I'm not sure why there is such a rush for children to grow up quickly. Childhood, at least from the vantage point of the years just prior to senility, seems like it was an enjoyable time for me. Children are acting older, dressing older, and exhibiting signs of independence guaranteed to get them noticed. Parents are not only often complicit in this rush to age, but at times seem to be instigating it.
Okay, it's probably just me being old fashioned. I don't like seeing infants and toddlers with pierced ears, and the other day I saw a very young boy, possibly elementary-school aged, with a tattoo on his arm. My old instincts as a state child protection worker kicked into gear and I thought that I ought to report it. Then I realized that his school teacher, a mandated reporter, probably already had. Of course not all kids attend school - regardless of their ages - and I have been out of the child protection business way too long to know the legal constraints regarding tattooing children.
I recently heard an appalling story from an old man that I know. He said that years before he had taught his six-year-old nephew how to chew tobacco. Everyone who heard him tell that story was aghast, but he blundered on: "Well, he asked me to show him. If I didn't someone else would have. What was I supposed to do?"
And then there's the topic of kids and guns. Lots of parents push a knowledge of guns on their children for a whole variety of reasons - and the NRA sponsors classes to teach children how to shoot "responsibly." Sometimes that works out, and sometimes it doesn't. I personally knew a thirteen-year-old who was killed by his friend while they were both playing with a gun in an unsupervised setting. Adam Lanza's mother kept several firearms in her home and took young Adam to the range so that he could learn how to fire them. She was rewarded for her efforts when he shot and killed her in her sleep and then took a couple of her guns to the local elementary school where he killed a group of first graders along with their teachers and principal.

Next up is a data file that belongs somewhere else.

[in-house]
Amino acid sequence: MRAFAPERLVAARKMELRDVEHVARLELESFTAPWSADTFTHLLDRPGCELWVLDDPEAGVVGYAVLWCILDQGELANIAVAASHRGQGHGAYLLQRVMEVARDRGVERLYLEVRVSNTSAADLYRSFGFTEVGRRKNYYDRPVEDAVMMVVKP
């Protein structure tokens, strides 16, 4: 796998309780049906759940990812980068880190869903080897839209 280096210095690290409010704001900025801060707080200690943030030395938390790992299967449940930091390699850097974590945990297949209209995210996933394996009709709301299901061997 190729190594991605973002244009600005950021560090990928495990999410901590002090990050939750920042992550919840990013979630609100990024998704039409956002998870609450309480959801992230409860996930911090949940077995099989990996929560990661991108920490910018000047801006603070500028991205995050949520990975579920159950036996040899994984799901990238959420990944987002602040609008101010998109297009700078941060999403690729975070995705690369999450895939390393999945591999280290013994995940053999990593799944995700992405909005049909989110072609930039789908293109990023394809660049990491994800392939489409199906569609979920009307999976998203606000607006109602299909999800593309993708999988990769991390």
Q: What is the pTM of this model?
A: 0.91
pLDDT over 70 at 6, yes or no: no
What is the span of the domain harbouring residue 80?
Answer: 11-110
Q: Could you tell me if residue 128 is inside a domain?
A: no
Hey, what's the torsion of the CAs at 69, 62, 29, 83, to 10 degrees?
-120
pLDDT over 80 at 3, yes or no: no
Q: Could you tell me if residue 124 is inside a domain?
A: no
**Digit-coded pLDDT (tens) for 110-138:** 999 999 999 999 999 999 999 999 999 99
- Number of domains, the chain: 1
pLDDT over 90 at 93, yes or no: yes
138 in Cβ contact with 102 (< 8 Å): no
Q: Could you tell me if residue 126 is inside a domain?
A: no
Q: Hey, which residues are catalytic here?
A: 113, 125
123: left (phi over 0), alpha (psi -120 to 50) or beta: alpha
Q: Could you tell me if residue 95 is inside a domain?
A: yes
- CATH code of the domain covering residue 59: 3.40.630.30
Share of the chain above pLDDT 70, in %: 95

Missouri has a youth firearms season for hunting deer which was held recently. This week the local newspaper ran a full page of color photos of successful young hunters with their dead deer. (The Missouri Conservation Department refers to the annual deer hunts as "harvests.") The young hunters - six girls ranging in age from 7 to 14 and four boys aged 9 to 13 - were all smiles as they knelt beside their trophies. They were mighty proud, and their parents were proud, and I like kids - so heck I was even a little proud for them myself, but I still felt a bit of the uneasy queasies thinking that some very young people were becoming comfortable carrying deadly weapons.
It seems to me like somebody may be getting shortchanged out of a few carefree and happy years. The deer may not be the only thing getting harvested - we may also be taking the best years of childhood away from our children.